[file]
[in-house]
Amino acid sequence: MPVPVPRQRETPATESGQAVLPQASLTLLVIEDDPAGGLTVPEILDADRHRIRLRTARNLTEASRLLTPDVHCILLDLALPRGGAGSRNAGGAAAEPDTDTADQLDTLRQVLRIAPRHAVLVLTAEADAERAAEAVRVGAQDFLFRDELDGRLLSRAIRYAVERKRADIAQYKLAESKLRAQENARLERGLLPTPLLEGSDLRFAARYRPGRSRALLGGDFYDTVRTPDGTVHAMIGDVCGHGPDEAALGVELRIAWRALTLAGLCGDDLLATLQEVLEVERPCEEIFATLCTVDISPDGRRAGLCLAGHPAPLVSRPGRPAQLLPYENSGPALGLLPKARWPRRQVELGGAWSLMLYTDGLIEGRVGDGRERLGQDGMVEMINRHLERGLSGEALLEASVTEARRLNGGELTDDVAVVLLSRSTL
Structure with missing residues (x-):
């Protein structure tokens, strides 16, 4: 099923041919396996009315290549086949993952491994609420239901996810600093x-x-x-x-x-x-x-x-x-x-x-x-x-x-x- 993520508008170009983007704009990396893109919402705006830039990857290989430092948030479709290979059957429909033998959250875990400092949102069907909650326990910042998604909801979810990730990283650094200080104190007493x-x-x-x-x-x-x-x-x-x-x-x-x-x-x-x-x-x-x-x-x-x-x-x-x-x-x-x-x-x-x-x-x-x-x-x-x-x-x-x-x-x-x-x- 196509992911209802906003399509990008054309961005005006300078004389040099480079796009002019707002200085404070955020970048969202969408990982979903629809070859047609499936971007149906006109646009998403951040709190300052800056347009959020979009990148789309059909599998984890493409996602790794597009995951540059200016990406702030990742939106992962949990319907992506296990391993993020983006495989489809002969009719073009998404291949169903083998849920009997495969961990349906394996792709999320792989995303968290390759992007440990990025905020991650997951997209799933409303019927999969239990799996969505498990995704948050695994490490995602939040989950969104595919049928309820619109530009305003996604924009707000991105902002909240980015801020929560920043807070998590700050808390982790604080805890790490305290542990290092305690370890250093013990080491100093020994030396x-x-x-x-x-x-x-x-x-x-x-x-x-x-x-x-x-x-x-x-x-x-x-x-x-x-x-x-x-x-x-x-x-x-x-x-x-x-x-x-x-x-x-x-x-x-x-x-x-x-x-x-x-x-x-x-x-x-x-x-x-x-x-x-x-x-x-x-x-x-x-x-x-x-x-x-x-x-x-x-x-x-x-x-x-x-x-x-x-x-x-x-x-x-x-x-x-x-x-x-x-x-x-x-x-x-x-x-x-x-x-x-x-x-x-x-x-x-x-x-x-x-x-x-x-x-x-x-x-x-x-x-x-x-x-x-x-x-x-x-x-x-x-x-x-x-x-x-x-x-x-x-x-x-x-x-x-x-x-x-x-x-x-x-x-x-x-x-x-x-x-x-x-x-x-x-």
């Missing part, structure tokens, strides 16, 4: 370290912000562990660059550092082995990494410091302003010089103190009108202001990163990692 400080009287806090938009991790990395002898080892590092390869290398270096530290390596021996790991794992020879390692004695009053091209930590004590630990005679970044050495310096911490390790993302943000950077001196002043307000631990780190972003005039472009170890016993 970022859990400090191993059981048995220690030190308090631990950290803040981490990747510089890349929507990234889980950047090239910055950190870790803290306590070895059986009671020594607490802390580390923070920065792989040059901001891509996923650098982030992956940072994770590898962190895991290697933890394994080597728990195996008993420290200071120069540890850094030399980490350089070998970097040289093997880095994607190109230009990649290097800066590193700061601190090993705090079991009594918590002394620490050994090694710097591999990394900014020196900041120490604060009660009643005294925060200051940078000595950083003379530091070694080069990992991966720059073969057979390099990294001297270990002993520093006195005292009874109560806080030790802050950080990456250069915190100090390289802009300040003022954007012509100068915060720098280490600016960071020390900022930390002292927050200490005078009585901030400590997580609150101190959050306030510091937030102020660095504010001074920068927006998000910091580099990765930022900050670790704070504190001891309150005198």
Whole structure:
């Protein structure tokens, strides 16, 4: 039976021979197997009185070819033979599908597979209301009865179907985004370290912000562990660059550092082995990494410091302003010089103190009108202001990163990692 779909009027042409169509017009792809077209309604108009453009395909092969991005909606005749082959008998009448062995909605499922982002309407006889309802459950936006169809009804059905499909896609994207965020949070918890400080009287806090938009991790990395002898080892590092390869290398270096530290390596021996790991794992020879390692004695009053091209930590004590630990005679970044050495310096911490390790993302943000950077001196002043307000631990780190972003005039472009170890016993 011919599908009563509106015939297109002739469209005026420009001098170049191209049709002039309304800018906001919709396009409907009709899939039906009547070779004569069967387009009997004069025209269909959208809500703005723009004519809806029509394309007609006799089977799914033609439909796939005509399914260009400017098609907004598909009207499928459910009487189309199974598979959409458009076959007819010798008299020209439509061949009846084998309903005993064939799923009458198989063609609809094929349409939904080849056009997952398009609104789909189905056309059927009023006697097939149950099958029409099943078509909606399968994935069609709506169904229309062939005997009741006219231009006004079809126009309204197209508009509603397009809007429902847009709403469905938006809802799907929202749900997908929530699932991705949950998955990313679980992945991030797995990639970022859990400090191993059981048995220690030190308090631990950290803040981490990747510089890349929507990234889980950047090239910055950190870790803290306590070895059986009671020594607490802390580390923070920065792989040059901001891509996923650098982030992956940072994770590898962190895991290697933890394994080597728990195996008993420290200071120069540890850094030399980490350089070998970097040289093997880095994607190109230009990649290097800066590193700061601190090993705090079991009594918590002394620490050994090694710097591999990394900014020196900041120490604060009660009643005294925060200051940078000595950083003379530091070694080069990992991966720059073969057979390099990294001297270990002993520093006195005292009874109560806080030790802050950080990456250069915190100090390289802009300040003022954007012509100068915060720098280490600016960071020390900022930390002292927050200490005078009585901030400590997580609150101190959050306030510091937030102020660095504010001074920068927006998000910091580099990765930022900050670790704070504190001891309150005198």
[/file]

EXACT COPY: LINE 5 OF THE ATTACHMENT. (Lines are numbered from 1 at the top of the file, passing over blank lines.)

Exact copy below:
């Missing part, structure tokens, strides 16, 4: 370290912000562990660059550092082995990494410091302003010089103190009108202001990163990692 400080009287806090938009991790990395002898080892590092390869290398270096530290390596021996790991794992020879390692004695009053091209930590004590630990005679970044050495310096911490390790993302943000950077001196002043307000631990780190972003005039472009170890016993 970022859990400090191993059981048995220690030190308090631990950290803040981490990747510089890349929507990234889980950047090239910055950190870790803290306590070895059986009671020594607490802390580390923070920065792989040059901001891509996923650098982030992956940072994770590898962190895991290697933890394994080597728990195996008993420290200071120069540890850094030399980490350089070998970097040289093997880095994607190109230009990649290097800066590193700061601190090993705090079991009594918590002394620490050994090694710097591999990394900014020196900041120490604060009660009643005294925060200051940078000595950083003379530091070694080069990992991966720059073969057979390099990294001297270990002993520093006195005292009874109560806080030790802050950080990456250069915190100090390289802009300040003022954007012509100068915060720098280490600016960071020390900022930390002292927050200490005078009585901030400590997580609150101190959050306030510091937030102020660095504010001074920068927006998000910091580099990765930022900050670790704070504190001891309150005198």